In a surprising departure from the usual formula, May's season finale of Law & Order: Special Victims Unit ended with the shocking cliffhanger of a dead prostitute being found in the bed of Captain Don Cragen (Dann Florek).
Stepping into the show after the highly publicized departure of original star Christopher Meloni last year, new showrunner Warren Leight wanted to shake things up and initiated the dramatic turn of events. As SVU begins its 14th season tonight on NBC, Entertainment Weekly sat down with Leight for a Q&A on what to expect. Here are some highlights.
EW: You've been very conscious that SVU is the last Law & Order show on the air. With a year under your belt and a season underway, how is SVU 2.0 shaping up?
WL: This year, I've made some changes in the writing staff, the producing staff. Everyone understands what the goal is for this year. … So, just in terms of the way we run the show, people are a little more on. I know who my actors are, they know who I am. It's easier to write for people when you knew what their strengths are. I know everyone's strengths, and now what I want to do a bit of this year is make some of the actors feel a little bit uncomfortable, push them out of their comfort zone. Last year I had to learn their comfort zone so this year I can tear them down. [Laughs]
EW: Certainly, the end of last season was a big departure with the Cragen cliffhanger…
WL: I wanted a cliffhanger, and that was definitely not part of the [creator and former showrunner] Dick Wolf culture. It was outside what people expect for the show. A little bit, I want to shake up expectations. There will be more storylines about our lead characters, a little bit more emotion between them. I would like to see more of the interpersonal dynamic between our detectives. There's obviously going to be a big investigation after the dead hooker is found in Cragen's bed, and there's going to be a lot of fallout from that investigation.
EW: You said everyone has secrets. Such as…?
WL: [This season tracks] a tale of corruption through NYPD, through the DA's office, through the upper echelons of government. How our detectives react to that, and who's trusting whom as this investigation goes on is pretty interesting. For example, it's not like Benson (Mariska Hargitay) and Amaro (Danny Pino) have been partners for 12 years and know everything about each other, so there's a little room for suspicion. Room for suspicion is a wedge.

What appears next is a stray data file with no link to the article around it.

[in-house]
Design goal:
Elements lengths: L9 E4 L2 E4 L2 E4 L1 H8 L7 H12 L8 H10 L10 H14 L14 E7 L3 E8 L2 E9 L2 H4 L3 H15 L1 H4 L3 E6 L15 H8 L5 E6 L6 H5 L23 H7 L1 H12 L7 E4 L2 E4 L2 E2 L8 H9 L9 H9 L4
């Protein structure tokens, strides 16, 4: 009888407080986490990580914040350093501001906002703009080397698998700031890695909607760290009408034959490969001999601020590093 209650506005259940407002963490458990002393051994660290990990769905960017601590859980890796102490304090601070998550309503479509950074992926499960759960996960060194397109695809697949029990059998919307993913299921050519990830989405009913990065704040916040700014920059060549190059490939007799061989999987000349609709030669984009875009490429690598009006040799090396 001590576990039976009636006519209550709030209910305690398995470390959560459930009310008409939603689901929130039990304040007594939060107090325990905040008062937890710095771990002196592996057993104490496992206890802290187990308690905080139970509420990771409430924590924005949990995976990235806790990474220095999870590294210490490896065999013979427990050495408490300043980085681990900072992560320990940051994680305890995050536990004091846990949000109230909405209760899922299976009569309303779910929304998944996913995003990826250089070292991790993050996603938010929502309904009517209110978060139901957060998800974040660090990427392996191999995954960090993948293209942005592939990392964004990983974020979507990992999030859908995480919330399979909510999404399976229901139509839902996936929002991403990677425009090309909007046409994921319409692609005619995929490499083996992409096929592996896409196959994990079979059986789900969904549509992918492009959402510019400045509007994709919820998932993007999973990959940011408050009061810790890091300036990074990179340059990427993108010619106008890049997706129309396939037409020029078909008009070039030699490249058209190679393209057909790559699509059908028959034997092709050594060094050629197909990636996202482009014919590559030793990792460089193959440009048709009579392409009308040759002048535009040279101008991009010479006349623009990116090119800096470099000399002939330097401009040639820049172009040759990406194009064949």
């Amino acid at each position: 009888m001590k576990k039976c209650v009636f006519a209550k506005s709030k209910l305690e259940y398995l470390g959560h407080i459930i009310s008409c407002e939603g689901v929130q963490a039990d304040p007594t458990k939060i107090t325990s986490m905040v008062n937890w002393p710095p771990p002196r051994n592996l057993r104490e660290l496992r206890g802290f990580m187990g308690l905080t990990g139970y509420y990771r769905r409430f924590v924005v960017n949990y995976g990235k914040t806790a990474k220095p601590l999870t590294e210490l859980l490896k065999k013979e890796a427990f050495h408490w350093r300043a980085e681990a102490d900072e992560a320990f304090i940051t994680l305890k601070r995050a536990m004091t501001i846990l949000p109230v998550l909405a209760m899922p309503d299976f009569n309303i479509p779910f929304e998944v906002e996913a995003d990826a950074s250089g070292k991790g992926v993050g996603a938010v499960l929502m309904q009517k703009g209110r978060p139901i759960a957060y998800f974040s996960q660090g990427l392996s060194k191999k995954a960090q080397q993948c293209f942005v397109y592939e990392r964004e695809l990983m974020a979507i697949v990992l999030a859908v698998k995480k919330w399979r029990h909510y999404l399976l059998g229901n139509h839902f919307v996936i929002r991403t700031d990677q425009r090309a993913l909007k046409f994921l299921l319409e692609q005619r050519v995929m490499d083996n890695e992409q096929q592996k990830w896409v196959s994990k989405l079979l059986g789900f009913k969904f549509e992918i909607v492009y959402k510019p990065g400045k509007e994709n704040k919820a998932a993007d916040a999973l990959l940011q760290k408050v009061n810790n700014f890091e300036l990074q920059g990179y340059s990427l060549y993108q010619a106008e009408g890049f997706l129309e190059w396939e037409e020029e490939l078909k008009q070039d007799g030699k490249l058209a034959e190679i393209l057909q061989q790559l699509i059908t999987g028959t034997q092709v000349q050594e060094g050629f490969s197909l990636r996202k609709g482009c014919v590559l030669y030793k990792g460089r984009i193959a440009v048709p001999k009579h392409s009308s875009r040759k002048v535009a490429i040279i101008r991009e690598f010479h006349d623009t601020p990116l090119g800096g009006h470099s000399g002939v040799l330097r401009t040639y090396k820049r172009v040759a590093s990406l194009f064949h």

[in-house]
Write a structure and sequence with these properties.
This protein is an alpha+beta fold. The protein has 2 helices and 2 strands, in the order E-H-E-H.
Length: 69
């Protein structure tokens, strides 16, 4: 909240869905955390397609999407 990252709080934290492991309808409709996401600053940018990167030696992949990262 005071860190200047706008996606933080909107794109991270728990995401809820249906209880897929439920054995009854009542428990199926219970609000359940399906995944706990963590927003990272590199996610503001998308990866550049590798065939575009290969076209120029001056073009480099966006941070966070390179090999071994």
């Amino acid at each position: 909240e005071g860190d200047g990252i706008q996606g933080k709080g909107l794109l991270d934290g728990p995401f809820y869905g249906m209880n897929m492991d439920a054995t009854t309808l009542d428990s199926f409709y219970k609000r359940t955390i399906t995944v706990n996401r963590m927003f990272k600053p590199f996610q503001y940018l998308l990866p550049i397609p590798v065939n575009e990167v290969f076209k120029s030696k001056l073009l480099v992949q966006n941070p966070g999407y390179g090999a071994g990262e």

EW: And in the midst of this, Dean Winters is back as Cassidy, Olivia's ex/colleague. Is that a good thing or a bad thing?
WL: It's a good thing and a bad thing. He's an interesting guy, and he's not the kid he was from those early SVUs that he was in. He wasn't right for this unit, and he wasn't too sharp. He wasn't well-educated. He's obviously survived and been doing dangerous work for three years. But can you trust him completely? Certainly Amaro doesn't.
EW: I can't imagine the time would be right any time soon for Benson to consider motherhood or a serious relationship.
WL: I think it's hard. As the season opens, her new partnership is in trouble — with Amaro. Her captain is in serious trouble. The unit she's worked for is falling apart. She has a new captain she's supposed to somehow deal with. The DAs she's worked with are under a cloud of suspicion — or she's not allowed to talk to them. When it rains, it pours.
For more of this interview, including some news about SVU's take on 50 Shades Of Grey, check out EW.com.
I haven't watched SVU regularly in a long time, but some of Warren Leight's comments are enough to make me want to give it another chance. Do you welcome these changes?